To do this, however, the president needs to have the courage to not succumb to the pressure that is bound to follow him if he does not sign the bill. But this is one quality that a good president needs to have.

Of course, there is the fourth occasion where the president becomes all powerful, during a national emergency. But that is a situation I never wish to see, since it is invariably accompanied by the suspension of most fundamental rights and the right to freedom. It is particularly important to have a strong president during these times (or else there might be other incidents like what Indira Gandhi did to keep herself in power).

So, the president of India is not really all that powerless. His/her power is different, that’s all. You don't have to be a rocket scientist to be a good president. In fact, you probably shouldn’t be one.

12 comments:

Vishnu said...

Reminds me of what Venkataraman said; that the president was designed to be an emergency lamp, or something like that.

Nitin said...

Sunil,

This is very well-written post. But remember, he was an engineer and a project manager before he became president. He may not even have dreamt that he would occupy a political/constitutional office.

His main failing, in my mind, is that he does not understand the art of using power.

Ditto for Manmohan Singh.

Abi said...

But, Sunil, the President is not directly elected by the people. For him to stick to his own vision of what a law should be like (particularly if the law has been passed by the Parliament -- the actual seat of popular will), would be a travesty of democracy. Thank FSM our Constitution does not allow this dangerous hijacking of powers by the institution of the Presidency.

You are also not right to claim that the President can sit on a piece of legislation for as long as he wishes. He cannot. It's a time-bound procedure, and our current President utilized the available time in full, before he signed the law related to the "Office of Profit" issue recently. (It was passed by the Parliament, sent back by the President, passed again by the Parliament, and he sat on it for as long as he could, and eventually did sign it).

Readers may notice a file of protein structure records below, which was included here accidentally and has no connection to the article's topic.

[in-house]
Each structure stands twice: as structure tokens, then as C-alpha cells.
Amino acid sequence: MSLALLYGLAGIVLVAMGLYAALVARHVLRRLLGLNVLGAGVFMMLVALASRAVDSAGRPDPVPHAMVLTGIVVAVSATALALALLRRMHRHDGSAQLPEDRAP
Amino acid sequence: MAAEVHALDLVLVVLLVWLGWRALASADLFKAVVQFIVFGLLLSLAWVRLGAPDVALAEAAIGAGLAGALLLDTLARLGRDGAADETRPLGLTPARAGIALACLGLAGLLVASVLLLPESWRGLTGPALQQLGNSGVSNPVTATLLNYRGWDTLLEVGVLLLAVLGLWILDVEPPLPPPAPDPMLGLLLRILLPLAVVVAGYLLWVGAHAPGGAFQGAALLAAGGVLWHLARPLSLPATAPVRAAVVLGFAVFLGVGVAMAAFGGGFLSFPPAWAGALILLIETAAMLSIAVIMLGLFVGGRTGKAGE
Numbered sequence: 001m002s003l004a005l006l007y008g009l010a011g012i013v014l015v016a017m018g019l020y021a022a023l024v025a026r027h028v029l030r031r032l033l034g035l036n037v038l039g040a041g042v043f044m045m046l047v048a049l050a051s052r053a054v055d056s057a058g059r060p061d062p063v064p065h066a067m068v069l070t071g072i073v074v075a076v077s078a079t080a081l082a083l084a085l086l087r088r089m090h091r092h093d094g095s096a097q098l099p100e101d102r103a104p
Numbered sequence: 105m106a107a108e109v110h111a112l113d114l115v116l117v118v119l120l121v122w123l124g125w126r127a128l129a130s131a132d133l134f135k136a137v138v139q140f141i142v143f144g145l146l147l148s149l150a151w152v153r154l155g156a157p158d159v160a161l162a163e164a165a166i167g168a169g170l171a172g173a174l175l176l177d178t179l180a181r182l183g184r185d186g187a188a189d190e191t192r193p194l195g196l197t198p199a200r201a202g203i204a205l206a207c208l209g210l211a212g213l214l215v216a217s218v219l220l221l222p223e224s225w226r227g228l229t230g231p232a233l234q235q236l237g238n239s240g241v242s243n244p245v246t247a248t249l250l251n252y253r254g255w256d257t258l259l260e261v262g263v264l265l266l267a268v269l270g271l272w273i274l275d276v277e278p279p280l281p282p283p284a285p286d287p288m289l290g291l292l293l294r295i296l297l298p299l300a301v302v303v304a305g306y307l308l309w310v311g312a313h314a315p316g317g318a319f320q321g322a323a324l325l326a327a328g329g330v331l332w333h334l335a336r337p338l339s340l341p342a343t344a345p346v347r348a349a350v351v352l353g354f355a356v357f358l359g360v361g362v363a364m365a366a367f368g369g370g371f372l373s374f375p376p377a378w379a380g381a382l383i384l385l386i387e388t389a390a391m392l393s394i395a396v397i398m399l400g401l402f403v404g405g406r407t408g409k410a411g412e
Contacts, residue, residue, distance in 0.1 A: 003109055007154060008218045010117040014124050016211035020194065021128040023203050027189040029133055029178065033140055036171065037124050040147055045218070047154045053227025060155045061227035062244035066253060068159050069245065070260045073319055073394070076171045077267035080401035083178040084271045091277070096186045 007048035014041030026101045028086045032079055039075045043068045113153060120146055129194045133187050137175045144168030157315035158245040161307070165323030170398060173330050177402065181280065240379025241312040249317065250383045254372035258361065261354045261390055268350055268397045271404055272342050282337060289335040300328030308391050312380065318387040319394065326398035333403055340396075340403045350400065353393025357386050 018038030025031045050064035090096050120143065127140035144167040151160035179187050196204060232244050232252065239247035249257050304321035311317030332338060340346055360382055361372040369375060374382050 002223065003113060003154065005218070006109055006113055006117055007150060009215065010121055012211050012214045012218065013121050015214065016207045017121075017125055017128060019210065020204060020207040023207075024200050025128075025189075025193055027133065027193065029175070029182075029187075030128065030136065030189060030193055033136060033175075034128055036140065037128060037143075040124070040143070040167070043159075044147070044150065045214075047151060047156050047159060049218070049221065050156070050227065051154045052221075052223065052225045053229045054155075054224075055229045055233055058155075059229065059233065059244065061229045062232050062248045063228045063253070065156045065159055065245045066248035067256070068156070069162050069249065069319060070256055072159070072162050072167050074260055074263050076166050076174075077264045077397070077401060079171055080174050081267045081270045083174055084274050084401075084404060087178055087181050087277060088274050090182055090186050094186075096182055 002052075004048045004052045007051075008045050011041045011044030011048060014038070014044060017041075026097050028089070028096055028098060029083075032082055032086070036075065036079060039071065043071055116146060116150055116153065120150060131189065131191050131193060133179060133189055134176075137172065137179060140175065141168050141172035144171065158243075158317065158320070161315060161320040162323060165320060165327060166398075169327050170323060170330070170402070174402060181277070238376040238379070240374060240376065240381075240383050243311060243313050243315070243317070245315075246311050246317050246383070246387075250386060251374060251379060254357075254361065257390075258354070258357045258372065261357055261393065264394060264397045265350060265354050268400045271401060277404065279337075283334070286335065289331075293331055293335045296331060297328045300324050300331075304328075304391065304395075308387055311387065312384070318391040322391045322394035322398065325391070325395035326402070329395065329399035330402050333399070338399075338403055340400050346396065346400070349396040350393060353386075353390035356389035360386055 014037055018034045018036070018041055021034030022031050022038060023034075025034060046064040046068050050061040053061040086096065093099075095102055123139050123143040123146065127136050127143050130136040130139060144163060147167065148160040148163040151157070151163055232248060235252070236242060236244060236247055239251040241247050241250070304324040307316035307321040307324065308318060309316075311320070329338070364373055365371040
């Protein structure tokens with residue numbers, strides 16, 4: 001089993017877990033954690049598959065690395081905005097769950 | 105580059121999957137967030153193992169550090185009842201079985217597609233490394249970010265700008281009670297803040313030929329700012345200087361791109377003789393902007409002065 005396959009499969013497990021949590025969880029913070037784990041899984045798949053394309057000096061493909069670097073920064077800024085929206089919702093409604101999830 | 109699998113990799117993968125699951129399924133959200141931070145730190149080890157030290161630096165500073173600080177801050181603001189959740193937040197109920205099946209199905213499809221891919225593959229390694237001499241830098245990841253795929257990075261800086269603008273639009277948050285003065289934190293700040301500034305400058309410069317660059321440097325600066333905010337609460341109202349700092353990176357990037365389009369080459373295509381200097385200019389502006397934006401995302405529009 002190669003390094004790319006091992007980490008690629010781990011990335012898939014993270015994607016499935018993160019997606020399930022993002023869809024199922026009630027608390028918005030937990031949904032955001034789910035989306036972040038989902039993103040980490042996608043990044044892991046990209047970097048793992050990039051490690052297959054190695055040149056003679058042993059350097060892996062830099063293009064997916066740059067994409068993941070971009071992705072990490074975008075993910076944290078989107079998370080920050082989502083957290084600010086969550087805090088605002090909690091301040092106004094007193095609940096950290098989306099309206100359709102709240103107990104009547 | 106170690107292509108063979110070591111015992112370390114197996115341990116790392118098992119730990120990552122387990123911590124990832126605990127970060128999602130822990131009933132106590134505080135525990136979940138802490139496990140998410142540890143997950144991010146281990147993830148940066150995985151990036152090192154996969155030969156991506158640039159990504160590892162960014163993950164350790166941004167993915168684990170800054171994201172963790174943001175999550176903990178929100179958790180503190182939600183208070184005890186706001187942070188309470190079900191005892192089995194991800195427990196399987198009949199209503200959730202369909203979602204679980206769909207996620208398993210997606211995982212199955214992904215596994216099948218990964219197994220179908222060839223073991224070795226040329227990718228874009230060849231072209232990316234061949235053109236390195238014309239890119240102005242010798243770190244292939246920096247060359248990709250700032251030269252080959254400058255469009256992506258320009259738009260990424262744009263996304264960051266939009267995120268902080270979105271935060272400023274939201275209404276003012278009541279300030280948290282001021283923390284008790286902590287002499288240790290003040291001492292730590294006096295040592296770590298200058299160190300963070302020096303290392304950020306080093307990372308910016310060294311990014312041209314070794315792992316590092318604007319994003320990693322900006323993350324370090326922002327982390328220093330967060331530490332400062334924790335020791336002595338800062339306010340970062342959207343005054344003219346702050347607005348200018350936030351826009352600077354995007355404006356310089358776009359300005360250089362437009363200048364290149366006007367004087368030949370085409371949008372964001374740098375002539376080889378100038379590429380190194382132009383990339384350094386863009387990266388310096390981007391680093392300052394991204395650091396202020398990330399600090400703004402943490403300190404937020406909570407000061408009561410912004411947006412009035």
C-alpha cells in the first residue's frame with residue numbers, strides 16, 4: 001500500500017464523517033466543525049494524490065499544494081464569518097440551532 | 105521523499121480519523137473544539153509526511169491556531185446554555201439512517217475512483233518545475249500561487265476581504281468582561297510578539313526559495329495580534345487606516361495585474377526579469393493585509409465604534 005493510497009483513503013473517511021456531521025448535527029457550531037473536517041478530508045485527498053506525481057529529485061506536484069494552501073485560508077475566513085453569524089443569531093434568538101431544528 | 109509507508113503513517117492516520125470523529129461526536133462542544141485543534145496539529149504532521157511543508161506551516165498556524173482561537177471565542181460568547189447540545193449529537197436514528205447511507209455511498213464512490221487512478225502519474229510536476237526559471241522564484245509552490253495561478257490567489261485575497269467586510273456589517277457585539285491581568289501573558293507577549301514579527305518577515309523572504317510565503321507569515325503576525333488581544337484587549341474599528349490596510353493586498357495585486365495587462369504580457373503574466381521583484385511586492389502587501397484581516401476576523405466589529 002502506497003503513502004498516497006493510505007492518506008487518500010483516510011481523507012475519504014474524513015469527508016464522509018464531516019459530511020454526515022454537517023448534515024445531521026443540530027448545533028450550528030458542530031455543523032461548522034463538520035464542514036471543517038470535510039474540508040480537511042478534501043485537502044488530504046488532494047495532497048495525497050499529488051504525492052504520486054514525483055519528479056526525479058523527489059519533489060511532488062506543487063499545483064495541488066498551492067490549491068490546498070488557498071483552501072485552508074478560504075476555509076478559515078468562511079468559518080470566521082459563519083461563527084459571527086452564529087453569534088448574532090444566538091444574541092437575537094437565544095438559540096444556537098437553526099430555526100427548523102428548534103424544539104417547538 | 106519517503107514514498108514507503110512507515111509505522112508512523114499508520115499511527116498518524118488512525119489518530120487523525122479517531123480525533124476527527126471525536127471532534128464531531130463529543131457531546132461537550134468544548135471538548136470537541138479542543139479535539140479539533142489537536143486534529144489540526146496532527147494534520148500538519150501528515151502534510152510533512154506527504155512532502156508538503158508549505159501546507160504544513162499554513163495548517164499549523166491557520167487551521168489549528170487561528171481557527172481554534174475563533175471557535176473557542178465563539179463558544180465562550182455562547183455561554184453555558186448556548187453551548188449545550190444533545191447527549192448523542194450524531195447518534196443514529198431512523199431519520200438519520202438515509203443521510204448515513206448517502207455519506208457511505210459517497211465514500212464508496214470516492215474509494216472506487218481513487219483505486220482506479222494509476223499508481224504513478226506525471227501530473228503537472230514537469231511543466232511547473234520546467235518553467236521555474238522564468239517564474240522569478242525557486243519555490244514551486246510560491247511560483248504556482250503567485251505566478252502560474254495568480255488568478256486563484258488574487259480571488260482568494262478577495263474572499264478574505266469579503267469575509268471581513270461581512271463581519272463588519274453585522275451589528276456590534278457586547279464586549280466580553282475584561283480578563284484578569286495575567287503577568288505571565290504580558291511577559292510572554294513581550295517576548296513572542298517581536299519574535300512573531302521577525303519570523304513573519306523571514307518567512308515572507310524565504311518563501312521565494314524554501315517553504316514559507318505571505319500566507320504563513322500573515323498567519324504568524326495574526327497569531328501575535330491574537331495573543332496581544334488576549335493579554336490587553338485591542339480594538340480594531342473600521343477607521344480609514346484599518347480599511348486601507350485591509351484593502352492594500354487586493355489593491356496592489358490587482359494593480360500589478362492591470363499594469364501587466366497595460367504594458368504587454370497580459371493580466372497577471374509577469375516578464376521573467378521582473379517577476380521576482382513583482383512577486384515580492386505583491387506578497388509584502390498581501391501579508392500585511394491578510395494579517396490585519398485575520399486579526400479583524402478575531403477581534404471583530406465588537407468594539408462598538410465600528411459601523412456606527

I'm also not sure I agree with your views of the current President's "trusting" nature. Looks can be deceiving! To many of us, he is a serious hawk who propounds strange theories of political power (particularly in the realm of foreign policy related to how a country "earns the respect" of other countries) and economic development, all the while posing for pictures with cute little children.

Giving the President the right to decide who is a criminal is also dangerous. We have a way of deciding (operationally) who can and cannot participate in an election. It's of course a pity that this set of criteria depends on a judiciary that's unable to come to fair decisions in a reasonable time. But, to fix this "problem", you are looking for solutions in the wrong place.

I agree with the broad thrust of your post: there are ills in our system, and we should look for ways to rid our country of these ills. My humble suggestion to you would be to look for ways within our democratic system, and for ways to strenthen our democratic institutions. But, please (please, please, please!) stop asking for an all-knowing, FSM-like Superwoman or Superman (or, SuperWiseStatesPerson!) as President (or, for that matter, any other functionary). The road to dictatorship could also be paved with noble intentions!

Surya said...

Nice to see a good 'political' post here! I remember being particularly excited when Abdul Kalam became President - I guess I expected him to do a whole lot of things, having been impressed by his books and previous accomplishments - but somehow nothing happened, and it kind of slipped into the background.

I tend to agree with Abi though, I am not sure the president can or should actually use power in some of the ways you mentioned. But I do agree should and can do more.

Sunil said...

vishnu.....long time since you visited :-). I actually agree that the president is a kind of emergency lamp. I'll elaborate on that replying to Abi's comment.